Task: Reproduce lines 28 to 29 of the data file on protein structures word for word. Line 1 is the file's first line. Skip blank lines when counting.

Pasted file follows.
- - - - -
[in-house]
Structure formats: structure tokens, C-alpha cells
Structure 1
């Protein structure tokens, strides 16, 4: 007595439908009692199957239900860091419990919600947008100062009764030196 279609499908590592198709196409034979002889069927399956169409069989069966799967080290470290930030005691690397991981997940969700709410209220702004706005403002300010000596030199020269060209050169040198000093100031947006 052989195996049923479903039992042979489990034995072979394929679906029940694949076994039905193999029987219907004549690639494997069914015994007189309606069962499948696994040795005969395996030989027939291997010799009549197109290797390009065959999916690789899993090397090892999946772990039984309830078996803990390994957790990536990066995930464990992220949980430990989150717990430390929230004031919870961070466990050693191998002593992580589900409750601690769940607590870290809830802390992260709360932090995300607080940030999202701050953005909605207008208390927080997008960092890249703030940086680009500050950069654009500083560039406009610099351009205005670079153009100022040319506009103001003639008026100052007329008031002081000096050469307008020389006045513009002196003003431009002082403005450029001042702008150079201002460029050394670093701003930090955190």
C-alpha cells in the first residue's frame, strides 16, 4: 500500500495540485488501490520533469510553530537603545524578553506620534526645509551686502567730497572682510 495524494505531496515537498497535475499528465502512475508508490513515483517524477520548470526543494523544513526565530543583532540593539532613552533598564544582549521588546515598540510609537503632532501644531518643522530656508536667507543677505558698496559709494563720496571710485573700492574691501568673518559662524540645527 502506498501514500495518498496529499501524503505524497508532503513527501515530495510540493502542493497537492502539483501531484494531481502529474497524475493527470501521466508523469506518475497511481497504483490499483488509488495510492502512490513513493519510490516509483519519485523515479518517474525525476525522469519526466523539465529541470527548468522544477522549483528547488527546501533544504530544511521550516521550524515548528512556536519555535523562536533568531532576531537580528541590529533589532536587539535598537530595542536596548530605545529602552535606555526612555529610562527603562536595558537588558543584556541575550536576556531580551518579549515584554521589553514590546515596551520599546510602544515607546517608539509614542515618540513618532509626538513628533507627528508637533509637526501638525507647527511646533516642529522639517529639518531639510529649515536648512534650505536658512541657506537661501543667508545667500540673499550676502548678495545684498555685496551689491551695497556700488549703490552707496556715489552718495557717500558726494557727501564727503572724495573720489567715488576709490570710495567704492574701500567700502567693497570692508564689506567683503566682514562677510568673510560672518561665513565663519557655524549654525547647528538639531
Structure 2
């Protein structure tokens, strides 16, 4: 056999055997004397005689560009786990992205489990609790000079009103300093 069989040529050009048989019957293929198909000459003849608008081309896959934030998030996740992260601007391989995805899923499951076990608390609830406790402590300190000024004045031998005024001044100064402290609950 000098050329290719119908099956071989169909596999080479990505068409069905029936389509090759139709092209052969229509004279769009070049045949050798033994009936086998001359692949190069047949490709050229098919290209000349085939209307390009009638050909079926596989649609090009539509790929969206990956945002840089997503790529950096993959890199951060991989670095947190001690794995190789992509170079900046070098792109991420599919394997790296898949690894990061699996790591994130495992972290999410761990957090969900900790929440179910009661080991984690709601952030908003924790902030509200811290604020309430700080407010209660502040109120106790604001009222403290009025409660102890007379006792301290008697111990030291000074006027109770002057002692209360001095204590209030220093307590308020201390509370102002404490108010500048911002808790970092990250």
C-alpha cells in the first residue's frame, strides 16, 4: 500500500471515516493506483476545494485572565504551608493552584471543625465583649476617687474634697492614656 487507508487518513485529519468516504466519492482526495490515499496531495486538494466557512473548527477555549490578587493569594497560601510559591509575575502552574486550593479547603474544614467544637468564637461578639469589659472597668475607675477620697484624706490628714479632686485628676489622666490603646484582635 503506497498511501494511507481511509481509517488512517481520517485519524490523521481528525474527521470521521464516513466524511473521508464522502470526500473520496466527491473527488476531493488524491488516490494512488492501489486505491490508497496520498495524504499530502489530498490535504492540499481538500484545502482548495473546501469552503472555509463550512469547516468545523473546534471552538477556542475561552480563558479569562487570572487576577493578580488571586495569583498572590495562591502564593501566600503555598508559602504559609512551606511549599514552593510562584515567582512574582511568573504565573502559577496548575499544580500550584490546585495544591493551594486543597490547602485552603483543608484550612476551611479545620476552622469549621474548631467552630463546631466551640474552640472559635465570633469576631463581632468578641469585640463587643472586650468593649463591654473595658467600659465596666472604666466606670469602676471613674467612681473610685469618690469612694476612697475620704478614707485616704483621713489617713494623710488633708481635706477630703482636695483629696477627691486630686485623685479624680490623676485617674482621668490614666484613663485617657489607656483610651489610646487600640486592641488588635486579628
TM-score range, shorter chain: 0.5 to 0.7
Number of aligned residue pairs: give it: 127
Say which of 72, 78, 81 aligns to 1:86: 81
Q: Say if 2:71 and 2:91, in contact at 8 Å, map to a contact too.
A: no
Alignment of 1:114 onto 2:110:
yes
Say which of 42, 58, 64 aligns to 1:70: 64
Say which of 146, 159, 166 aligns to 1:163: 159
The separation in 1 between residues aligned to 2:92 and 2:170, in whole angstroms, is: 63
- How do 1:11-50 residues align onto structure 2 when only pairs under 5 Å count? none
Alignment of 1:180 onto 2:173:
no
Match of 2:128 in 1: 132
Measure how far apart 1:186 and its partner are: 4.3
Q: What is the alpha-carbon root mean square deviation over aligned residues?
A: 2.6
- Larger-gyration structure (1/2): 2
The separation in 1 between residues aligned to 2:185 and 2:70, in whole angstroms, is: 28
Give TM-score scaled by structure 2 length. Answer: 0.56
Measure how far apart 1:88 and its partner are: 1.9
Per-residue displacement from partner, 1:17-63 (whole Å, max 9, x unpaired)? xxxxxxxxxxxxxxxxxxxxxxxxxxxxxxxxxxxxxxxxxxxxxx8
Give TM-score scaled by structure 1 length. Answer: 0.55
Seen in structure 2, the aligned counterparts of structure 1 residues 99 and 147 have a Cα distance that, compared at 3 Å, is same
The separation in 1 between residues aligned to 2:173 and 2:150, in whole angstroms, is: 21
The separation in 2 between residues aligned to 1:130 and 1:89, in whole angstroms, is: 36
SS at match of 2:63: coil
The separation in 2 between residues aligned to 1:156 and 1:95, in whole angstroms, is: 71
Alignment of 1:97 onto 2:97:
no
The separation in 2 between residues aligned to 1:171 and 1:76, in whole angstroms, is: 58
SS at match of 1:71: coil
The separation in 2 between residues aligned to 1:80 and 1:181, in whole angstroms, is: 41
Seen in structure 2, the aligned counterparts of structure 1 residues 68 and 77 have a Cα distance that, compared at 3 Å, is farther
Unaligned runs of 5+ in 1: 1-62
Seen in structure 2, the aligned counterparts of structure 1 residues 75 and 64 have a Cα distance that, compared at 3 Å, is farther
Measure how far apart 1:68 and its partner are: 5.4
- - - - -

Give TM-score scaled by structure 2 length. Answer: 0.56
Measure how far apart 1:88 and its partner are: 1.9